So…what we discover, when we pay just a little bit of honest attention to what God says about salvation, is that He has something much more comprehensive, more far-reaching, more natural and organic, something much fuller in mind for HIS plan of our salvation. And, while Christ is certainly the central figure in the story of our salvation (in His conquering death by death…in His filling death with His own glorified, divine life)…both our own and the world’s salvation also involves followers of Christ, who put off their own self-absorption to embrace unity with our Lord…in living out their communion with Christ on behalf of others. And the leading character in that way of self-offering-communion-with-Christ, is our Lady, the Theotokos, Mary the Mother of God. she’s the model of what that all looks like.  

Today is the summary of our salvation!

More Spacious.jpg

As I was being received into the Orthodox Church, this was a concept that was especially difficult for me. How could so much emphasis be put on Mary? As I looked around observing all the iconography in the Church, I couldn’t help but notice that she took up a very prominent place.  I mean, first of all, she was right there in the apse, as big as all outdoors. In fact, not only was she as big as all outdoors…but I found out that the name of that icon was, “She Who Is More Spacious Than The Heavens,” because she holds within her womb, He who created the heavens and all the rest of creation. She was also on some of the festal icons on the top of the iconostas (this big wall of icons we’ve got at the front of the Church here). She was also on the iconostas, just to the left of the Holy Doors, leading into the altar.  And, she was also even on the Holy Doors in an icon depicting the Annunciation. The Theotokos was featured prominently all over the place in the Orthodox Church. Not to mention the fact that she was also featured so conspicuously in the hymnology. They even sang something that kinda’ scandalized me, “Most holy Theotokos, save us.” Unfortunately, we’ve sanitized that here in this parish, so that it doesn’t scandalize any of our own people. Here, we changed it to “Most holy Theotokos intercede for us.” …because asking the Theotokos to save us is simply preposterous! It goes to show, that even we Orthodox Christians sometimes unwittingly succumb to the Christian west’s shallow notions of salvation. But folks, the ancient tradition of the Church has always taught that God has something more inclusive in mind for salvation…because it actually involves humanity…of which Mary is at the heart. The Greek actually says, “Yper-aghia Theotoke soson imas!” Soson means save! “Most holy Theotokos, save us.” My dear, precious, brothers and sisters in Christ, the Church wants us to come to grips with something here today, as we celebrate the Great Feast of the Annunciation.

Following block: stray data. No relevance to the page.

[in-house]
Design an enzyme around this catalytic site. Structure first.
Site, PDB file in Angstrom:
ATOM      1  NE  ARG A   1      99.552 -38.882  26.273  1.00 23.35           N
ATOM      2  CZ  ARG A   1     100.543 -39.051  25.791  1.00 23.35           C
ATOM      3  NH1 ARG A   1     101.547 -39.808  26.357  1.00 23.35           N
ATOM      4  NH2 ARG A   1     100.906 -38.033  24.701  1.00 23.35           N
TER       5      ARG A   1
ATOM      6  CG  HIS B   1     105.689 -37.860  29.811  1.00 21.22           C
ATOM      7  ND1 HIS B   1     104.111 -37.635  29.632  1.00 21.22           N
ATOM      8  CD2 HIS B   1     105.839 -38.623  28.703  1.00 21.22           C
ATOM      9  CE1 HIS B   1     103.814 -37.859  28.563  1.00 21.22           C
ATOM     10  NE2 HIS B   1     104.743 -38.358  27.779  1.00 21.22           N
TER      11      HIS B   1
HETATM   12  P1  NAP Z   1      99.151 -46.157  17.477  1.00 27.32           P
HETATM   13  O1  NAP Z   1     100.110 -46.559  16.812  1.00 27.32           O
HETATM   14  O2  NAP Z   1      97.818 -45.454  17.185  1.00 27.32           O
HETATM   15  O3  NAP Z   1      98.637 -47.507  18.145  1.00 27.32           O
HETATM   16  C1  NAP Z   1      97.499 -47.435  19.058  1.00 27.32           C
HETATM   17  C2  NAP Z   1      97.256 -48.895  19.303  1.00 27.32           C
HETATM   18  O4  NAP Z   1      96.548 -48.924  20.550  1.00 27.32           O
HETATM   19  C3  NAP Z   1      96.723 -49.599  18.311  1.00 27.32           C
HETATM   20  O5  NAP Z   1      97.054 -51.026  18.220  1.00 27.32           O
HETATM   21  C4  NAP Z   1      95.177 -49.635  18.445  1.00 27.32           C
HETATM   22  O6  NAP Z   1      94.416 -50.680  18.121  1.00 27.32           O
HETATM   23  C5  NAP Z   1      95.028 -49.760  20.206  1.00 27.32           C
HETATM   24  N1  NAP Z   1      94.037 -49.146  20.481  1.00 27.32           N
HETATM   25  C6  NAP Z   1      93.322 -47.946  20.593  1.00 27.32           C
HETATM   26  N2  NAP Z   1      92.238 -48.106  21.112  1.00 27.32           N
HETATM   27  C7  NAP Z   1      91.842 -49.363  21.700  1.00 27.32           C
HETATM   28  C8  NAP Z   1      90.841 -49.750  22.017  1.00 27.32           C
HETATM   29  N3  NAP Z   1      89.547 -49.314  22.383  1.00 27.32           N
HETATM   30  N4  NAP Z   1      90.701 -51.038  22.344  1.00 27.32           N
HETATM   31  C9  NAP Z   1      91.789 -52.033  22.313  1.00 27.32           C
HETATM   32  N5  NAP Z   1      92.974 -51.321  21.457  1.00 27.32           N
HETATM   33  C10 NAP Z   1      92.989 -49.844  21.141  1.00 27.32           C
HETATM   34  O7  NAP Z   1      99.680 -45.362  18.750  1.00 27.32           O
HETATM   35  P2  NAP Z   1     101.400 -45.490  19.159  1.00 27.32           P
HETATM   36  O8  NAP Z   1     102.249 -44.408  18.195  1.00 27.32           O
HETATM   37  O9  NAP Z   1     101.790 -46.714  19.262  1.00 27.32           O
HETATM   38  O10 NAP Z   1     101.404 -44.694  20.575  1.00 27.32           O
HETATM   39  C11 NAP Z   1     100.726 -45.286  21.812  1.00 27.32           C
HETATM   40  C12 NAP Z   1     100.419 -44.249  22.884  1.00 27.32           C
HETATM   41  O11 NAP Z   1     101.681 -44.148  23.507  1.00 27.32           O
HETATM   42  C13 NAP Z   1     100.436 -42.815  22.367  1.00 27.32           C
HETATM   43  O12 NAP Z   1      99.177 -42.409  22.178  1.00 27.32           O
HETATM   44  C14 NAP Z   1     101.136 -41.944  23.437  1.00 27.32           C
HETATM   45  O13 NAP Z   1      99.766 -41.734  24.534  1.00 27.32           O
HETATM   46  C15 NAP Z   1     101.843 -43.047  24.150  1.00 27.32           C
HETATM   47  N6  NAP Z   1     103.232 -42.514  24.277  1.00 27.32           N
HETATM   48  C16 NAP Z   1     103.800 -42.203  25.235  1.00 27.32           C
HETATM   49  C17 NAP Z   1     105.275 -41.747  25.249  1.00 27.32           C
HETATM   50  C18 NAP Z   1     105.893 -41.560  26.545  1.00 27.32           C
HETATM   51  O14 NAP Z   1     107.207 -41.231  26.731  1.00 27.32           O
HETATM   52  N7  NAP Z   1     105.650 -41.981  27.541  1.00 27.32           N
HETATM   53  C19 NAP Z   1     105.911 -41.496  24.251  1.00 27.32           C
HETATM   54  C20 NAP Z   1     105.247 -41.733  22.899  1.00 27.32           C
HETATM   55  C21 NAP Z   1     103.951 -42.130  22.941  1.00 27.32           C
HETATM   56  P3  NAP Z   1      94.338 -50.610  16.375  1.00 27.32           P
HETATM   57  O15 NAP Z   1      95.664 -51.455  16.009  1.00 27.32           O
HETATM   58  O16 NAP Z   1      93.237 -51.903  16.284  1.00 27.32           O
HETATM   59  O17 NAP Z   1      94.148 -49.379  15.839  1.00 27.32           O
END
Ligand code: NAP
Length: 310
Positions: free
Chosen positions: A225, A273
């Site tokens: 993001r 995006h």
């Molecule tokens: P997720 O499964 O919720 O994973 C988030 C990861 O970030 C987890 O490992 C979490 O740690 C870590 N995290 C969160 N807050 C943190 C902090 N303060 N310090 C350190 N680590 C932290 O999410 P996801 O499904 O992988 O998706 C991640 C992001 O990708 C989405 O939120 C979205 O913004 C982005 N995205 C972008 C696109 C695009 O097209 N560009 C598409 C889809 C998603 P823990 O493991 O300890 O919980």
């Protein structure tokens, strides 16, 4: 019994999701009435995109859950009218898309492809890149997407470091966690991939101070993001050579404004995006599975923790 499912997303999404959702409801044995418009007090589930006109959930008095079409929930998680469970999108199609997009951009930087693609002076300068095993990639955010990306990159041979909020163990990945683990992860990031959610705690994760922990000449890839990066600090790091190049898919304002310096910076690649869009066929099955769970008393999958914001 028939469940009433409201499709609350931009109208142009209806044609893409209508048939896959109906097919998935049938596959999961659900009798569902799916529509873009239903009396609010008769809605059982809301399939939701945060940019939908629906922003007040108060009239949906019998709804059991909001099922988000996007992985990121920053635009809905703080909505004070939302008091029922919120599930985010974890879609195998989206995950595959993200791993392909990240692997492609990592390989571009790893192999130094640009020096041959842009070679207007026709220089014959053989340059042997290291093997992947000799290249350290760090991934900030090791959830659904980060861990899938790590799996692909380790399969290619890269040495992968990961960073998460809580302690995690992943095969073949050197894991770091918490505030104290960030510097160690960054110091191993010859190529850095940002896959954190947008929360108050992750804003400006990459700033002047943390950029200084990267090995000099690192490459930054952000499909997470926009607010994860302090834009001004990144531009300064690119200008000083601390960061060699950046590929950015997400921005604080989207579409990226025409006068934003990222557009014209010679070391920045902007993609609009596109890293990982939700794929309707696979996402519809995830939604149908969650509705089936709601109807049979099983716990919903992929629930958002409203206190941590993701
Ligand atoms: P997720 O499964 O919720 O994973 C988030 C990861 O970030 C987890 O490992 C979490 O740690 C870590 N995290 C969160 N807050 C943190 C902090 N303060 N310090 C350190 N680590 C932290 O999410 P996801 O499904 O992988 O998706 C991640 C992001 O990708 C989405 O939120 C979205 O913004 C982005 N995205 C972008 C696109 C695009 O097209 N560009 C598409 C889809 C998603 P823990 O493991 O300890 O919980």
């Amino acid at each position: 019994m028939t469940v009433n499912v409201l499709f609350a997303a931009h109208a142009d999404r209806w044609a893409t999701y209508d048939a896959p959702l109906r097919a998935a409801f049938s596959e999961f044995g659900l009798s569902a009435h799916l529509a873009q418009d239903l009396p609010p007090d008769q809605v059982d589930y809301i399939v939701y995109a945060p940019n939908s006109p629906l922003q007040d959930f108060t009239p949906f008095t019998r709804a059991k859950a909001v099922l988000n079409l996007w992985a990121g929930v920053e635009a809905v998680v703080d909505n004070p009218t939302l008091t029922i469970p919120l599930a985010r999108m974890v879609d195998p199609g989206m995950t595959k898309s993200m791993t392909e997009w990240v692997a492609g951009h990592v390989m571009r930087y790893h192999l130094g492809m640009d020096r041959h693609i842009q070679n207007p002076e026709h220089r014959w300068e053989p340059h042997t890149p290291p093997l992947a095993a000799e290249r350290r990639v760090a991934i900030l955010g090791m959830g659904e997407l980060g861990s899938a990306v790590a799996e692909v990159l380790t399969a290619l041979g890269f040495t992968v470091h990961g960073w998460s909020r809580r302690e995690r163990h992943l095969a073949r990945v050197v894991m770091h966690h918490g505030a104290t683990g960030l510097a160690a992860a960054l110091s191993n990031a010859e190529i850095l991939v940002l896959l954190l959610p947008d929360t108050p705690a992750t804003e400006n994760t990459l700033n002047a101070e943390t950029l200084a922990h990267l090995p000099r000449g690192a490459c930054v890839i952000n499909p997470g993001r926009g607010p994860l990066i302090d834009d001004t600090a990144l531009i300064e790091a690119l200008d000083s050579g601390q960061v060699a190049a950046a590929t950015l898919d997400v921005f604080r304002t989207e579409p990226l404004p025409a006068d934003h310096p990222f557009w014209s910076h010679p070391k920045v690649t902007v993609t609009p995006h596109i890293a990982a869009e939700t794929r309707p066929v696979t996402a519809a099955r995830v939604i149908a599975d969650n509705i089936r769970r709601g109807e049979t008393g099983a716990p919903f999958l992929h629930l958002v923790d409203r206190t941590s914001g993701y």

Today is the summary of our salvation!